European New Right

Alain Soral FAQ, Part 1


Gallic greetings

Alain Soral has become an influential presence on the French political and cultural scene. The following attempts to shed some light on this complex and fascinating figure.

Part 1:

  • What are Alain Soral’s political positions?
  • What is Alain Soral’s influence?
  • How has Alain Soral become so successful in building an audience?

Part 2:

  • What is Alain Soral’s background? Or, from “Game” to Social Conservatism
  • What is Alain Soral’s political experience? Or, from Communism to Nationalism
  • What are Alain Soral’s relations with other French nationalists?

Part 3:

  • What are Alain Soral’s relations with foreign nationalists?
  • What are Alain Soral’s views of race?
  • What is Alain Soral’s position on the Jewish Question?
  • Is Alain Soral of the Right?

Part 1

What are Alain Soral’s political positions?


Typical iconography on the E&R website.

Soral’s political positions are complex but can be summarized as a “French Third Position.” Practical policies include: National sovereignty, halt of immigration, bankster-free economics, social conservatism, non-aligned foreign policy, end to nanny-statism and feminism, return to virility, alliance with Russia, ideally the creation of “European protectionism” to organize the economy on a Continental scale.

A major slogan is “reconciliation.” “Reconciliation” between the “Labor Left” and the “Values Right,” practically meaning a certain economic socialism and social conservatism. “Reconciliation” between ethnic French and Afro-Muslim French citizens around a civic nationalism. “Reconciliation” between the middle and working classes against speculative finance. Read more

Satan Lives in Moscow

The Ukrainian crisis has instigated an effort by the West to get into Putin’s mind, and this has inevitably led to his advisor, Prof Alexander Dugin, a leading Eurasianist and the architect of Putin’s geopolitics.

Inevitably, Dugin’s anti-liberalism has been a source of grave concern for American commentators. His book, The Fourth Political Theory, has been read with interest by a minority of them, who, though not necessarily in concert with Dugin’s geopolitical aims, do share his negative conclusions regarding liberalism and do recognise the need for something better. Needless to say, these commentators are outside the American mainstream.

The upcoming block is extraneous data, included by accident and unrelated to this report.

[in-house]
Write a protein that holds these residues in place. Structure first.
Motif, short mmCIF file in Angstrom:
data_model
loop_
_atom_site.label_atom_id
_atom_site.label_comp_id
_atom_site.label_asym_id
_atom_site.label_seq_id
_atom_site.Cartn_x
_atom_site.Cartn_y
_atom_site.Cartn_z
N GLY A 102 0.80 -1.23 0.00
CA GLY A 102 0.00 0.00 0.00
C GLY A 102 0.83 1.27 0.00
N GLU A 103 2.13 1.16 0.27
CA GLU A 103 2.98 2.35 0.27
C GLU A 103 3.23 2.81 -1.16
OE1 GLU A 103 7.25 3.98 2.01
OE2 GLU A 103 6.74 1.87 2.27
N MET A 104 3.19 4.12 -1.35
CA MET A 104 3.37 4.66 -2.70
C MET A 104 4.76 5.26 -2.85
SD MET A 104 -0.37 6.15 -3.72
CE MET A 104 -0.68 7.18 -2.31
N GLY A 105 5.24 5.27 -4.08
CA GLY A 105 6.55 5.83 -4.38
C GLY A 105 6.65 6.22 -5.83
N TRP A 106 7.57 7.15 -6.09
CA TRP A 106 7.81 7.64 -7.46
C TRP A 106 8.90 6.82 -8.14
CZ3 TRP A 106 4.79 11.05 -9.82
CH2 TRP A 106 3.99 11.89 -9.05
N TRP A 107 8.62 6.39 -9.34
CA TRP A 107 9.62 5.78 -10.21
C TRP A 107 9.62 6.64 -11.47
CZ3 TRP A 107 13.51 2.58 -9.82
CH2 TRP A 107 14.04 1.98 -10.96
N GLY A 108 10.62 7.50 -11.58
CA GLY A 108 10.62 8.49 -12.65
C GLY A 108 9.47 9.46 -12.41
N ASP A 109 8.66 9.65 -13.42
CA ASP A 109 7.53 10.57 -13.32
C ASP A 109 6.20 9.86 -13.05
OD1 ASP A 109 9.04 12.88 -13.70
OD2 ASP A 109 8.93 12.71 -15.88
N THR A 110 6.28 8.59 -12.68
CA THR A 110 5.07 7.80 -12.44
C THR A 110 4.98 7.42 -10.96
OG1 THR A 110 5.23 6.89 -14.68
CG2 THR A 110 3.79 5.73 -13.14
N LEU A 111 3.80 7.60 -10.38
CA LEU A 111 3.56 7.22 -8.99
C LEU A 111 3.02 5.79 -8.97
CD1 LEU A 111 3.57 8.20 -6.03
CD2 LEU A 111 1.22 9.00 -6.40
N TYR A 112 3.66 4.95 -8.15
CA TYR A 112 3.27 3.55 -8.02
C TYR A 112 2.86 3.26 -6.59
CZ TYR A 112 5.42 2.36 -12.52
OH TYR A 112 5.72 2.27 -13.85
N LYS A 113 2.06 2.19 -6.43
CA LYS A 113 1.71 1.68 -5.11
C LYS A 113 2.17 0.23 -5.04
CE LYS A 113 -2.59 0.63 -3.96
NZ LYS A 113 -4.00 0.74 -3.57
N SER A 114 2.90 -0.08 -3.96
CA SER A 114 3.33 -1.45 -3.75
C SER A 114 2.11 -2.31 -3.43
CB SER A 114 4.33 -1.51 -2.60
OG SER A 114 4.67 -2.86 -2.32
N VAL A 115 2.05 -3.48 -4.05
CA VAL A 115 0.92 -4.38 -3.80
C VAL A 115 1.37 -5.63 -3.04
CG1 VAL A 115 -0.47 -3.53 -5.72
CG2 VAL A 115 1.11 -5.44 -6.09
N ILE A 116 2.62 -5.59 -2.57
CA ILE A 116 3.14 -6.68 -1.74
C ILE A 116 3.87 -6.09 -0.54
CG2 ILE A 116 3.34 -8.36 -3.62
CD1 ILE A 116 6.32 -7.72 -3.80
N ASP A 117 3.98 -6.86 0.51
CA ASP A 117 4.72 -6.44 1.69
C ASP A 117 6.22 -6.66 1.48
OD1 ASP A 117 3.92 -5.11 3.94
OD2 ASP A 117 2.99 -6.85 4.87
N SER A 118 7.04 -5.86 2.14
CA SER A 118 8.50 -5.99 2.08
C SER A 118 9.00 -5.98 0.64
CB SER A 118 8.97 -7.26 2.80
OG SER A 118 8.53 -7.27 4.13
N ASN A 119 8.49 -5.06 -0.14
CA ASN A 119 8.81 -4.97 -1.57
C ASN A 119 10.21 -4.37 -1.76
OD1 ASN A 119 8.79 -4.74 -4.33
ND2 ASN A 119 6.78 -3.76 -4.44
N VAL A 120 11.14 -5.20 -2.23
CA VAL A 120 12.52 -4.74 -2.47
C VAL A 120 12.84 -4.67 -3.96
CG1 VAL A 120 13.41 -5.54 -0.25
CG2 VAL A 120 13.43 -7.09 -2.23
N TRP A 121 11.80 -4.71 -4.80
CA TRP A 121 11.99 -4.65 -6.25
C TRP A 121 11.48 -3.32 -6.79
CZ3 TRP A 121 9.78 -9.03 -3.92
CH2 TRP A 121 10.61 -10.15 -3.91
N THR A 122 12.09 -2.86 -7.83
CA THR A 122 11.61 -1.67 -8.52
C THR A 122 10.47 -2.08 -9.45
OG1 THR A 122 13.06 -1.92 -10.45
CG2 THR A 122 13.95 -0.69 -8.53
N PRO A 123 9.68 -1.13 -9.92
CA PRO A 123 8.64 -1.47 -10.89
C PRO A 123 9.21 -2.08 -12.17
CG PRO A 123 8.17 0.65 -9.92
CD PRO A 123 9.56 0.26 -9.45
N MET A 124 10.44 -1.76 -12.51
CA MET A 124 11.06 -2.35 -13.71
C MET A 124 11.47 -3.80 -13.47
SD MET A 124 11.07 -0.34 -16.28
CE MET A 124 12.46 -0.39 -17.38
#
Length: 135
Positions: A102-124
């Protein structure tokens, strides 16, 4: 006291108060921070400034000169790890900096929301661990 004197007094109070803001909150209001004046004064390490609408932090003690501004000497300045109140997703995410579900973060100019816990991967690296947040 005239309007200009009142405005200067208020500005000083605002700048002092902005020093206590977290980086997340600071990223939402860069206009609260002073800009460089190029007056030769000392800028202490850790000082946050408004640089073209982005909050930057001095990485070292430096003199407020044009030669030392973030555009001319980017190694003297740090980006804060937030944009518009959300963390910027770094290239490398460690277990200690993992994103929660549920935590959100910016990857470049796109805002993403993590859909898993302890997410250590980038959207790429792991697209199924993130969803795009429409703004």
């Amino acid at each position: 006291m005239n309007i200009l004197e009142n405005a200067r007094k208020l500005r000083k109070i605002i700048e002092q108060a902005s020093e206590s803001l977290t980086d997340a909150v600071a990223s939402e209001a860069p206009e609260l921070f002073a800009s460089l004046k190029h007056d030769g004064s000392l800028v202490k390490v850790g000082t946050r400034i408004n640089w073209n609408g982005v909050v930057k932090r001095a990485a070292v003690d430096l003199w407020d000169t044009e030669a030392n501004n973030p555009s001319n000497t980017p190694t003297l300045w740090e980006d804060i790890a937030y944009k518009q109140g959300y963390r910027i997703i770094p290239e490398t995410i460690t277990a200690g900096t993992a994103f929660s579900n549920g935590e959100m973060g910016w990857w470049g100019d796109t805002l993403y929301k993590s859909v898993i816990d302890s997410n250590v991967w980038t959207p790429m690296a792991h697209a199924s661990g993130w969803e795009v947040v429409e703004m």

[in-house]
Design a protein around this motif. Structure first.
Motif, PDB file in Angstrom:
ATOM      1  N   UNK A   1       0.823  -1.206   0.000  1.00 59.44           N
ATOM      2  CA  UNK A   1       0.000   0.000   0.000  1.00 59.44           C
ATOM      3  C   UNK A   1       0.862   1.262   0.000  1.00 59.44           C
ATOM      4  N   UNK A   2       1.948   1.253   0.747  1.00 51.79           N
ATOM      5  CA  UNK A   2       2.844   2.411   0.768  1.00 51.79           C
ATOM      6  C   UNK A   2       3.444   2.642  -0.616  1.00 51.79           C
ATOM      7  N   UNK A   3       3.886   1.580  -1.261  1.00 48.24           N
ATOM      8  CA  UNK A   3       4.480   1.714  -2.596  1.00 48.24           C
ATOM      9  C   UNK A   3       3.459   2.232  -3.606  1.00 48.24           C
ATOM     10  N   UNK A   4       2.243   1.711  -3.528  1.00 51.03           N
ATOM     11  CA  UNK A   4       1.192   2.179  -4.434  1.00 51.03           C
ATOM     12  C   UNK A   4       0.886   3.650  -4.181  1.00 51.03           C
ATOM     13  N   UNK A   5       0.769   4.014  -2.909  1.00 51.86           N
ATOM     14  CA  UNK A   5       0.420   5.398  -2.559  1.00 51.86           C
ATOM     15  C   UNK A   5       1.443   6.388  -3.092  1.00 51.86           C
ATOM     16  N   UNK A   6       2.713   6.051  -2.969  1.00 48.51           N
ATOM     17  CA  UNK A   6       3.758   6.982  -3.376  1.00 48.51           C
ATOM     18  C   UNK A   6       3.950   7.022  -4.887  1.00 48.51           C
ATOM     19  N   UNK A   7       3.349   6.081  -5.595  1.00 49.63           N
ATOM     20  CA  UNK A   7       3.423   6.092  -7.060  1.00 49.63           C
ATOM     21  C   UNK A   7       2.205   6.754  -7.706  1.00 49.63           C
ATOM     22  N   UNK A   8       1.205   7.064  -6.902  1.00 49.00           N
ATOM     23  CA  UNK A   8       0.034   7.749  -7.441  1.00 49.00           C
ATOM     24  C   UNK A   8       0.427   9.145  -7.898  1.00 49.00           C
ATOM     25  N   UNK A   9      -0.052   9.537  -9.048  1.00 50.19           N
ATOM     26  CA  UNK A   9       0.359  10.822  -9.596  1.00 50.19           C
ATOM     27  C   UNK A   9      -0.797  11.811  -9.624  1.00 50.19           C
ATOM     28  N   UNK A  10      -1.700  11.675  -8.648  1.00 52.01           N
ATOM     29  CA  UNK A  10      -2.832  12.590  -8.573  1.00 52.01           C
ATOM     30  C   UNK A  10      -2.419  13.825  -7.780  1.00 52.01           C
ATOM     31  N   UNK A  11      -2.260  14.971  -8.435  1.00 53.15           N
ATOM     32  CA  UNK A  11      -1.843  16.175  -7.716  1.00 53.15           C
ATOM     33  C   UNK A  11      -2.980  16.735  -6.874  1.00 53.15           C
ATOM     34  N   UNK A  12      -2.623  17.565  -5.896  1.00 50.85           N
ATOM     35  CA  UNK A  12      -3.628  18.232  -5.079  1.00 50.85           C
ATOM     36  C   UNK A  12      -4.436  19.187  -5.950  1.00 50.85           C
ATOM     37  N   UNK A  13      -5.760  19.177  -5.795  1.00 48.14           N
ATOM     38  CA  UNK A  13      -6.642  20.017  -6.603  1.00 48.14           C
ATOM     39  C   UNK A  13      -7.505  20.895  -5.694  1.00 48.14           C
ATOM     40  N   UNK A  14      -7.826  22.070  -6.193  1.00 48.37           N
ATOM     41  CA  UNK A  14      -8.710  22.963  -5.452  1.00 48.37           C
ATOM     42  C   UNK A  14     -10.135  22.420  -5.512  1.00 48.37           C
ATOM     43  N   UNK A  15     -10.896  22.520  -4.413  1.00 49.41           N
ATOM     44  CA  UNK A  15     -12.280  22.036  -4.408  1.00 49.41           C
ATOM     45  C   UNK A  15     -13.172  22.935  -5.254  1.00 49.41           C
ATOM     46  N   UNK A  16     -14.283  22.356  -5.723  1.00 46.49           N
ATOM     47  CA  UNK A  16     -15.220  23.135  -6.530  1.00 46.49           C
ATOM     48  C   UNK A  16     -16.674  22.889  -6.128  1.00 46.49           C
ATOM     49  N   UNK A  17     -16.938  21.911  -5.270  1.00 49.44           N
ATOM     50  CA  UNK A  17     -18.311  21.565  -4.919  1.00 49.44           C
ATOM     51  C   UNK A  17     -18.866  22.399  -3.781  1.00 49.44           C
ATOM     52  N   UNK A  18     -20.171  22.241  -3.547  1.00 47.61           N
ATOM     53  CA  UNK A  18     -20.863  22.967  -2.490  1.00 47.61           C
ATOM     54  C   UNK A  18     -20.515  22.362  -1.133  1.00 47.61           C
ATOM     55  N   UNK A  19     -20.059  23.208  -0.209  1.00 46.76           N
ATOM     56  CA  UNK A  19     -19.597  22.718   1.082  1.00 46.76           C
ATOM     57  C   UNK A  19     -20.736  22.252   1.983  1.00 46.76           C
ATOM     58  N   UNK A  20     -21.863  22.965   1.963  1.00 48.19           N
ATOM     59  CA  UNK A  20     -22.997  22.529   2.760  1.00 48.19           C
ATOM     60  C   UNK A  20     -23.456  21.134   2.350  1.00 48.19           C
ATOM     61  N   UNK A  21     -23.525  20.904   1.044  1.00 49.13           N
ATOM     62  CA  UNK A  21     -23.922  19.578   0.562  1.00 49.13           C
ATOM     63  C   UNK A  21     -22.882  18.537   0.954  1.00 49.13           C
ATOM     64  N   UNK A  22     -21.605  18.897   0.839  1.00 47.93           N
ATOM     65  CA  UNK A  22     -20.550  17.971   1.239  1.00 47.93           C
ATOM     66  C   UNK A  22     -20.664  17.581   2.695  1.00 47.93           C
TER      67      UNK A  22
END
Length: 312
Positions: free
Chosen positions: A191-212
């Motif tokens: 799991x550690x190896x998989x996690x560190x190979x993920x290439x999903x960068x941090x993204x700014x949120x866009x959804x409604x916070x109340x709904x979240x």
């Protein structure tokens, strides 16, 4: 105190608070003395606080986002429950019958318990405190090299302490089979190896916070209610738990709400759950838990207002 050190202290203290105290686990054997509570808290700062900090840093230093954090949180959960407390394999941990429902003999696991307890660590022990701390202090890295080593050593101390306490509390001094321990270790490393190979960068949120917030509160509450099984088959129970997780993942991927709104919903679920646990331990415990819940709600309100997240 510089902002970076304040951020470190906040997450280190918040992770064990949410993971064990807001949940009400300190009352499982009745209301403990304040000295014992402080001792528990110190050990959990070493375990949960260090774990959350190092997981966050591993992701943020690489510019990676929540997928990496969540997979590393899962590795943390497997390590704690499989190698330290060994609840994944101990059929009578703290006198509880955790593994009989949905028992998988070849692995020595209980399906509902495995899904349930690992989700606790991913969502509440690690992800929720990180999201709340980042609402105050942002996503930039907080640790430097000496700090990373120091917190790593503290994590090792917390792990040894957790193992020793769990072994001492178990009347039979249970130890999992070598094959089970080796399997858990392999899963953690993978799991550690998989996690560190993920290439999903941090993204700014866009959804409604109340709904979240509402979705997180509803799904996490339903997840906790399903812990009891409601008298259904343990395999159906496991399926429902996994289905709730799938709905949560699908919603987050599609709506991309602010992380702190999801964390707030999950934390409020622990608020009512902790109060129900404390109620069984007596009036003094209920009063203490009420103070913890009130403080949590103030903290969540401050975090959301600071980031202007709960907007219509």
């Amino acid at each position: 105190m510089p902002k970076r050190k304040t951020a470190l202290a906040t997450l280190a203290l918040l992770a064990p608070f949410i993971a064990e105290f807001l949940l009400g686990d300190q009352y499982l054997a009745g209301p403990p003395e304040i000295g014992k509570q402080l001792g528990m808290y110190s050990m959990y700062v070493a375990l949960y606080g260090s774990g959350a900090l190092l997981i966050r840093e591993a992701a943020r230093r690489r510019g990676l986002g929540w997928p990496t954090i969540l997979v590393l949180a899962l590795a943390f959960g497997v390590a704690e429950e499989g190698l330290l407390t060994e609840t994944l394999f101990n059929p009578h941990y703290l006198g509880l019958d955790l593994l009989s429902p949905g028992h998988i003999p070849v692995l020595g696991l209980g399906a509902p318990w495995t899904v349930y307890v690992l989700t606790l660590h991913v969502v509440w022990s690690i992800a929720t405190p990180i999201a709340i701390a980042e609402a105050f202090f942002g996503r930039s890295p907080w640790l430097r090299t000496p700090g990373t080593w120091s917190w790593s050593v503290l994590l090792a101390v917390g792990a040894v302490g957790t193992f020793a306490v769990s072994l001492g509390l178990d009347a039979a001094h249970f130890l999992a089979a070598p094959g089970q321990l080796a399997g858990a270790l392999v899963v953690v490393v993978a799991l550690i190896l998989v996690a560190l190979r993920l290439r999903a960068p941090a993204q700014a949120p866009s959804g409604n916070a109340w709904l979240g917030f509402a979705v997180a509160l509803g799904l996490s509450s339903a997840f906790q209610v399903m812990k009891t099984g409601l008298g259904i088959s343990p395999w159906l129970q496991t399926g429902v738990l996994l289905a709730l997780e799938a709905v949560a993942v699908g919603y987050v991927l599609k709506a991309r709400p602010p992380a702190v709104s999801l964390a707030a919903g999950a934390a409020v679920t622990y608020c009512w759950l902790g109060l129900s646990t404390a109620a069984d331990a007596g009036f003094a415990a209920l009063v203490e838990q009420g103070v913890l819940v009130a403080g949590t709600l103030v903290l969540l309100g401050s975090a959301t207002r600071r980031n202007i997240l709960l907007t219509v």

Those inside the mainstream, being liberals to a man, have felt very threatened. For them, liberalism and Americanism are one and the same, and Dugin must therefore be a mad philosopher calling for the end of the world.

Among those most threatened, apparently, are the folk at the National Review. They have not only felt the need to publish multiple hit pieces about Dugin, but they have also enlisted a rocket scientist to write them. Enter Robert Zubrin. Read more

Nationalist Parties in the European Union: Electoral Goals and Political Hopes


This is an abridged version of the talk to American Freedom Party members, given in Los Angeles, July 6, 2013.

At first sight it appears that launching a nationalist or a racialist, or a so-called right- wing party in Europe is a relatively easy task — easier than in the USA, where the two party system reigns supreme. But there are often legal and electoral tricks and traps in Europe, not to mention the powerful impact of the ideology of political correctness that hinders nationalist parties in Europe to advance in the political system. Unlike the United States, all 28 member states in the European Union have a fair number of nationalist parties, many of them with representatives at the national, local, or at the European level—although the number of their representatives is almost negligible and their voices hardly audible.

The advantage of the European electoral process is the proportional representation system, common to all states in the EU. It means in practice that a party, however large or small it may be, is assigned a number of seats in the parliament, or at the local council, or municipal level,  based on its proportional score in the election. Thus, if a party obtains 5 %, or 10 %, or 30% of votes it will be theoretically awarded with 5 %, 10%, or 30% of seats in a national parliament or at a local city council. Read more